They’re calling it “Black Monday,” but this historic day, September 29, 2008, represents a bright victory for the People. The leadership of both the Republican and Democratic Parties ¾ particularly the latter ¾ with Bush right behind them, tried to ram the Wall Street Charlatans Relief Act into law this afternoon. But a funny thing happened. The People suddenly woke up and at long last realized they’re in a class war. They shouted “NO” with one voice ¾ and I mean that literally: according to one report I heard, emails and phone calls coming in to legislators were running 100 to 1 against the bailout bill as it stands. Whether any such bill can pass the Congress now is open to question. But the People certainly will not tolerate a measure that rescues the arrogant masters of the financial world ¾ who contribute little or nothing of value to the real world ¾ yet does nothing for ordinary folk and their increasingly terrifying problems.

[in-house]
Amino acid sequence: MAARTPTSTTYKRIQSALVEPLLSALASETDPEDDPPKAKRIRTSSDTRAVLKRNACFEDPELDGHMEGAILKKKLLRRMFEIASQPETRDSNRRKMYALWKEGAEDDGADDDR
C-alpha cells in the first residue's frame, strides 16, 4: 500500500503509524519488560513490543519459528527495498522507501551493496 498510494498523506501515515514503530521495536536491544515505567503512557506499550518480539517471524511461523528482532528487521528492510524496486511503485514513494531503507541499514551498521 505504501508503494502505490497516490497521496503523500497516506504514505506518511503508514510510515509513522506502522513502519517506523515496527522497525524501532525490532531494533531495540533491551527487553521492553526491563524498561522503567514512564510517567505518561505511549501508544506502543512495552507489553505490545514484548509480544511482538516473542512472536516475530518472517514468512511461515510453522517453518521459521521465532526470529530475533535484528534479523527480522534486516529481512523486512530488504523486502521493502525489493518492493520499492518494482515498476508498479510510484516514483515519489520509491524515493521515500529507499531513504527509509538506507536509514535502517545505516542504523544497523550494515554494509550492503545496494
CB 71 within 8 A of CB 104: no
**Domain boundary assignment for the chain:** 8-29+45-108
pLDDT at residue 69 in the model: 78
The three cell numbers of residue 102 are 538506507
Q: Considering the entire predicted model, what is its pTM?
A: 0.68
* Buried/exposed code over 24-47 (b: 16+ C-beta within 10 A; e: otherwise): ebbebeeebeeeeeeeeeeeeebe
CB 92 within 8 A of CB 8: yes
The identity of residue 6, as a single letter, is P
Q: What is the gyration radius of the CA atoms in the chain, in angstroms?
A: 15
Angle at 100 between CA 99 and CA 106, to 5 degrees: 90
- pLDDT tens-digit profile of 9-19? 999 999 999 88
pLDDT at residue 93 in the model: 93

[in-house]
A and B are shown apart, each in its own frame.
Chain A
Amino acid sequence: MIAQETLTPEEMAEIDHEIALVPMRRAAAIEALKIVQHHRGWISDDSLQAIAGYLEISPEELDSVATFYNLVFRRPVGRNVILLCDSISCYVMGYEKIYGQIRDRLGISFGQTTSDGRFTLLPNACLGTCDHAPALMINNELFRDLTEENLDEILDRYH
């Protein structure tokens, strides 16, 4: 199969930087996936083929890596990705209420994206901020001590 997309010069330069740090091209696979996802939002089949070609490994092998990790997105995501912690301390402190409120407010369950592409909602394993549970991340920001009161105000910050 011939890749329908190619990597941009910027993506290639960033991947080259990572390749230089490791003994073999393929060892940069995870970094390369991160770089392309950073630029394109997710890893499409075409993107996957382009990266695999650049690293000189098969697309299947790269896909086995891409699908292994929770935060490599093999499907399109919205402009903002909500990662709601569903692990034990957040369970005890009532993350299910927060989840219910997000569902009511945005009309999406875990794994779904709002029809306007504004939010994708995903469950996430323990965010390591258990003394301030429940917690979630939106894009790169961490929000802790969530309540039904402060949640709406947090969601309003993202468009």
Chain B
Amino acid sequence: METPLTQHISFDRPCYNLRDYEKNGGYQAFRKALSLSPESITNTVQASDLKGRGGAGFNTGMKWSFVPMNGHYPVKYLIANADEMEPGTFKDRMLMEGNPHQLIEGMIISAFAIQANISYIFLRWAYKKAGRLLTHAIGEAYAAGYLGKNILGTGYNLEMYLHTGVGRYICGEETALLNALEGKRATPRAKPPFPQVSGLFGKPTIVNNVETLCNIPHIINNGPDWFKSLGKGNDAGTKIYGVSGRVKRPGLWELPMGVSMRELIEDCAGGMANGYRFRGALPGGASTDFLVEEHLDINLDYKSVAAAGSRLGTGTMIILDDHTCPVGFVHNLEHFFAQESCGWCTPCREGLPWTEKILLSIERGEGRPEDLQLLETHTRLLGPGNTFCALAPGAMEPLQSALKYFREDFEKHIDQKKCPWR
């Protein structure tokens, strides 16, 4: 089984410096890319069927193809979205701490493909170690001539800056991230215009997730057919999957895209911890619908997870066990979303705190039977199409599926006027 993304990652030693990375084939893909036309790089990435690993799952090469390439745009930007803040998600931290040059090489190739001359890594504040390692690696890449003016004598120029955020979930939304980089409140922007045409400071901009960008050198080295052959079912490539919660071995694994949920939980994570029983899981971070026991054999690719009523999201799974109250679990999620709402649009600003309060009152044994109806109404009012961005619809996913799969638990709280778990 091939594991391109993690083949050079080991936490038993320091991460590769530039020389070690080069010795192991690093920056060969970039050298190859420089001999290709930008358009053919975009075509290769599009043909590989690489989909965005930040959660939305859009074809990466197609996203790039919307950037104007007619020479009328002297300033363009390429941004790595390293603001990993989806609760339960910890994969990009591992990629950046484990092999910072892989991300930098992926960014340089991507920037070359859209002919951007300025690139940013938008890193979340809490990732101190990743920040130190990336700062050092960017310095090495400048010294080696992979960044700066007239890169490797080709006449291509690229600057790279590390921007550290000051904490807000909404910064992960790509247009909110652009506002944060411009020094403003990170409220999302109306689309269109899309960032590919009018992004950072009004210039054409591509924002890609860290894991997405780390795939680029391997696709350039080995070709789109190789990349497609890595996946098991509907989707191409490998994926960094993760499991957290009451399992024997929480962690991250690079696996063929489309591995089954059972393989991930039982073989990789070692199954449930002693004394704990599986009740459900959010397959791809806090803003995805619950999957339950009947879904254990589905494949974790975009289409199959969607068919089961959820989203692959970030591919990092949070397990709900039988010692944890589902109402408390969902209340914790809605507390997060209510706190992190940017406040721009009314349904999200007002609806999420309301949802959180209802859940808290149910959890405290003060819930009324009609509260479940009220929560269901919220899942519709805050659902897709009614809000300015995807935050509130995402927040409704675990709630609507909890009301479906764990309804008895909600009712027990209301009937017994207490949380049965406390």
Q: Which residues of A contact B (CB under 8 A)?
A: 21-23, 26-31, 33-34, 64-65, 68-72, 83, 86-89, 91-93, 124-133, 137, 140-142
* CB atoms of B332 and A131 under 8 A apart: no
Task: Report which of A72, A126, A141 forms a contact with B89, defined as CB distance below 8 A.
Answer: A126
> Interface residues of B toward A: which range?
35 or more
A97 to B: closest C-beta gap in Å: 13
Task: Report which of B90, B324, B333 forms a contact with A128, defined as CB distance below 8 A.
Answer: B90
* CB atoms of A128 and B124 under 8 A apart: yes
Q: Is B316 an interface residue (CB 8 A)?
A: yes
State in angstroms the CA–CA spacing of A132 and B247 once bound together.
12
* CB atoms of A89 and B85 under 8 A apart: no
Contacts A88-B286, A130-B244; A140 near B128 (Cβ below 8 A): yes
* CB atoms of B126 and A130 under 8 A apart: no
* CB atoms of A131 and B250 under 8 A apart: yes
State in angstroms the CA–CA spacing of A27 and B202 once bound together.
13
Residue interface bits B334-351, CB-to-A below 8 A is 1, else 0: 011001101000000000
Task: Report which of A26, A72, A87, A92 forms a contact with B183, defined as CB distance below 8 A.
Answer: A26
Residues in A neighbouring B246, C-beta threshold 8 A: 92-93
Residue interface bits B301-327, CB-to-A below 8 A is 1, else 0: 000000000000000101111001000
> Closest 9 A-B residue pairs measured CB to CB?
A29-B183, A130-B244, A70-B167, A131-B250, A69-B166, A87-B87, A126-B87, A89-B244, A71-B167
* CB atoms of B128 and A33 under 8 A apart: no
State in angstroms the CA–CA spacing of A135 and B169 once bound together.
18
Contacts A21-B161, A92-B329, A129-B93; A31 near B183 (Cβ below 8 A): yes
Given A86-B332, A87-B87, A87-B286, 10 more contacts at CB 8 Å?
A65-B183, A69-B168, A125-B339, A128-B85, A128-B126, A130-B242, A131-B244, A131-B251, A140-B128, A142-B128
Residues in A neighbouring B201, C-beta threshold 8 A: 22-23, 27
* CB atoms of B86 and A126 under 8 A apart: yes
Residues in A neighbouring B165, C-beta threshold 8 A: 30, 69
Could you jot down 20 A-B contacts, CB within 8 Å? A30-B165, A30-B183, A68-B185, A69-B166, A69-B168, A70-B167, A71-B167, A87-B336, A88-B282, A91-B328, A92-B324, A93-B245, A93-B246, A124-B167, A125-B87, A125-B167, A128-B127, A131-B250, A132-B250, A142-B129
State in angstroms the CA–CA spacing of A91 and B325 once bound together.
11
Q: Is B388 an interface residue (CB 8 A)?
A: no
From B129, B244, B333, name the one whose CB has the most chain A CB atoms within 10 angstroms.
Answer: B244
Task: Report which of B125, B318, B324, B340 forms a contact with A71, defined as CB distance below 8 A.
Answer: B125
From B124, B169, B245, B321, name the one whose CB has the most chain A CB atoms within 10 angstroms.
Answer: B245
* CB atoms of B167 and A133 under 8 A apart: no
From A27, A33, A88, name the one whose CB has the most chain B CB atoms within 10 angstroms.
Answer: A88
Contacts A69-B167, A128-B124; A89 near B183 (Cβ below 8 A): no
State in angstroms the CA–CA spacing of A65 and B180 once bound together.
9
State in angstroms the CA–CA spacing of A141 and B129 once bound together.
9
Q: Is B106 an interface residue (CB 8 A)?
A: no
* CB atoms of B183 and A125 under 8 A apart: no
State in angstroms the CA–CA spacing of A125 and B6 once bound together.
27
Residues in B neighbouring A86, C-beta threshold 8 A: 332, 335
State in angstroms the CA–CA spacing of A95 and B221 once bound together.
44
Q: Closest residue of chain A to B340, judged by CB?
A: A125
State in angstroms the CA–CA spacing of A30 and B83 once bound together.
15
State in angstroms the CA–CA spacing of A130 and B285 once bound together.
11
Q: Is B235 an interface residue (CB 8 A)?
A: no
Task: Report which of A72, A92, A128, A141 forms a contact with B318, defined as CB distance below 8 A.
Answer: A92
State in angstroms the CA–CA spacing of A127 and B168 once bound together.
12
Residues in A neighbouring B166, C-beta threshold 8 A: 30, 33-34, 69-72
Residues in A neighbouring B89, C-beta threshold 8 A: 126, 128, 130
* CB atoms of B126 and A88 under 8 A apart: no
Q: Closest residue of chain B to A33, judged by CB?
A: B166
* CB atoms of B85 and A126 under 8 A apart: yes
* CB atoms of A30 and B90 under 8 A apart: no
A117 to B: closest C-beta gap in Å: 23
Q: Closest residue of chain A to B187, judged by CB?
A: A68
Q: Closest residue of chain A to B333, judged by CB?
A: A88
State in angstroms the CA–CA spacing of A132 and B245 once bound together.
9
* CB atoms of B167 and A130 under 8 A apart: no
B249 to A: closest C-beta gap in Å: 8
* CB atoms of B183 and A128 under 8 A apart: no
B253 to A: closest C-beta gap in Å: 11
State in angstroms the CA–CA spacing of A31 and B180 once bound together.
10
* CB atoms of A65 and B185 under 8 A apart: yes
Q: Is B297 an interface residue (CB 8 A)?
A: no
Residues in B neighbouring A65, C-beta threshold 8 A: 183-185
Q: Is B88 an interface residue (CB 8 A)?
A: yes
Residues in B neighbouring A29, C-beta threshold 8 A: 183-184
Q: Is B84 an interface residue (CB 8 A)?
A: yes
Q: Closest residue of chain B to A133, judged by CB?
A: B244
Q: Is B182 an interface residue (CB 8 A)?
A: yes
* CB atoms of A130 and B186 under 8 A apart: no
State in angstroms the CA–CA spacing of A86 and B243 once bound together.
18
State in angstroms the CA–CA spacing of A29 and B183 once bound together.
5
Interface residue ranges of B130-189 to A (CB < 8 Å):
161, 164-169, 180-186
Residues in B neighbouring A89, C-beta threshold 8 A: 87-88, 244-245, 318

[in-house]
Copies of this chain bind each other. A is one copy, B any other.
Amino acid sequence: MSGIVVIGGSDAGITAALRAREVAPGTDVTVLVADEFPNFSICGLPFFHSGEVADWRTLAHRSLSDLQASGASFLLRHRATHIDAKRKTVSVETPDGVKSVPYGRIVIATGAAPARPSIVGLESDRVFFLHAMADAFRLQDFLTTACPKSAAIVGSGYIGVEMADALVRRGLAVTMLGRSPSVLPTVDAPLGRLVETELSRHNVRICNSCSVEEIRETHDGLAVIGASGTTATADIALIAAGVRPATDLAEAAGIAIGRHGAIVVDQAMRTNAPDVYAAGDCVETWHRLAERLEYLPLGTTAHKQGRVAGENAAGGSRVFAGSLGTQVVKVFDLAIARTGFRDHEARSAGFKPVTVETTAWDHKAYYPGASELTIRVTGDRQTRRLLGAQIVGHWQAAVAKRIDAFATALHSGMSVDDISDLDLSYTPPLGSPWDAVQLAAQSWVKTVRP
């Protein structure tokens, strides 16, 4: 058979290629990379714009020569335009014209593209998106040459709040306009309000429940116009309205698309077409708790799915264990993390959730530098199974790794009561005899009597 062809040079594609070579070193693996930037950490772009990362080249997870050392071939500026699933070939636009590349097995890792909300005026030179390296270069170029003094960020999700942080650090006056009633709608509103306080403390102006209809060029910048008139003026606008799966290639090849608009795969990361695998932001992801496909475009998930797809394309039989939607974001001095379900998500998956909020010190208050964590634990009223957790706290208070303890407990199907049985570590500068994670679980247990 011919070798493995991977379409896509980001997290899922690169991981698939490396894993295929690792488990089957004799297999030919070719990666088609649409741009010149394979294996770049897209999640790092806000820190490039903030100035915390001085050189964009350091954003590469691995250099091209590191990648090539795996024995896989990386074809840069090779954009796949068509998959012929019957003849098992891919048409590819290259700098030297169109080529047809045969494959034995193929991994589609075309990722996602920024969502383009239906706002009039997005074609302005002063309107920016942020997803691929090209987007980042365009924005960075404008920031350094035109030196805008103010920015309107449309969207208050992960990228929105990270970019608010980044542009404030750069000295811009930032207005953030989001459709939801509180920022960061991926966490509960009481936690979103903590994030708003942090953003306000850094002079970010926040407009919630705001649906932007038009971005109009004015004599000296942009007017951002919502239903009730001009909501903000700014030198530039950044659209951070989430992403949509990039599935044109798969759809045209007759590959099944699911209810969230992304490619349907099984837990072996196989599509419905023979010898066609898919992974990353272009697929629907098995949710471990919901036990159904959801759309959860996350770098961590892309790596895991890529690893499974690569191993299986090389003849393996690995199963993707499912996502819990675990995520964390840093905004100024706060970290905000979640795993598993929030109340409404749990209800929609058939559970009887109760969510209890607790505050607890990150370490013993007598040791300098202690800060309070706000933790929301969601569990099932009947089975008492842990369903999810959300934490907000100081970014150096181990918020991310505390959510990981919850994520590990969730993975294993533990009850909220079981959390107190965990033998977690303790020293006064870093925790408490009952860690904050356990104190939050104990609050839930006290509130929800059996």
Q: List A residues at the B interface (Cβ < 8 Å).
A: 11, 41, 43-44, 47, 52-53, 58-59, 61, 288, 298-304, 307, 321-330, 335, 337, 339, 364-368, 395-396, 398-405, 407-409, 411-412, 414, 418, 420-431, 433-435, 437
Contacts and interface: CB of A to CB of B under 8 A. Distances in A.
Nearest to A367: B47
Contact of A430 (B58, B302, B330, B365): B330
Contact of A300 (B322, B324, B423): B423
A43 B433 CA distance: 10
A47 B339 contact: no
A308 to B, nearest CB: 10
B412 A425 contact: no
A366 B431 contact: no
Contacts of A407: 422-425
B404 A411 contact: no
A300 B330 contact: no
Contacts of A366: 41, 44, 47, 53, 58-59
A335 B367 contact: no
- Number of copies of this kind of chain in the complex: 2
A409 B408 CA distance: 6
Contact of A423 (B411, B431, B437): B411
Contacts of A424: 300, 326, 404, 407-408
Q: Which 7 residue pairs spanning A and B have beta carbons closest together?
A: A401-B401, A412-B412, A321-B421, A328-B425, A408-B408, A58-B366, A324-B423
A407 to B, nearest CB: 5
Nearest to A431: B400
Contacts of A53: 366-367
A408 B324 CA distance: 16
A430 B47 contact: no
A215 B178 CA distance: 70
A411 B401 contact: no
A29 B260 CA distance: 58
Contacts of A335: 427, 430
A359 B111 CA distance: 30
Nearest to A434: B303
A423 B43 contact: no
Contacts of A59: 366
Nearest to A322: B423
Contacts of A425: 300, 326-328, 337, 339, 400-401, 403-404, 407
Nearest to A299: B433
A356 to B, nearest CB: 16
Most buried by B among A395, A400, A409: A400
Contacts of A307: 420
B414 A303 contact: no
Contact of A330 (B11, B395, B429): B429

One of the few positive provisions originally proposed for the bill ¾ but later rejected ¾ was one that gave bankruptcy judges the right to alter the terms of mortgages for homeowners facing foreclosure. And just this morning, in this interview, by Amy Goodman of Democracy Now of Congressman Dennis Kucinich, he revealed that he had been informed that his party’s presidential candidate, Barack Obama, during negotiations on the bailout at the White House last week, had specifically requested that the bankruptcy proposal mentioned above be excluded from the bill. So not only was Obama an eyewitness to this screwing of the average homeowner, he was actively complicit in the process.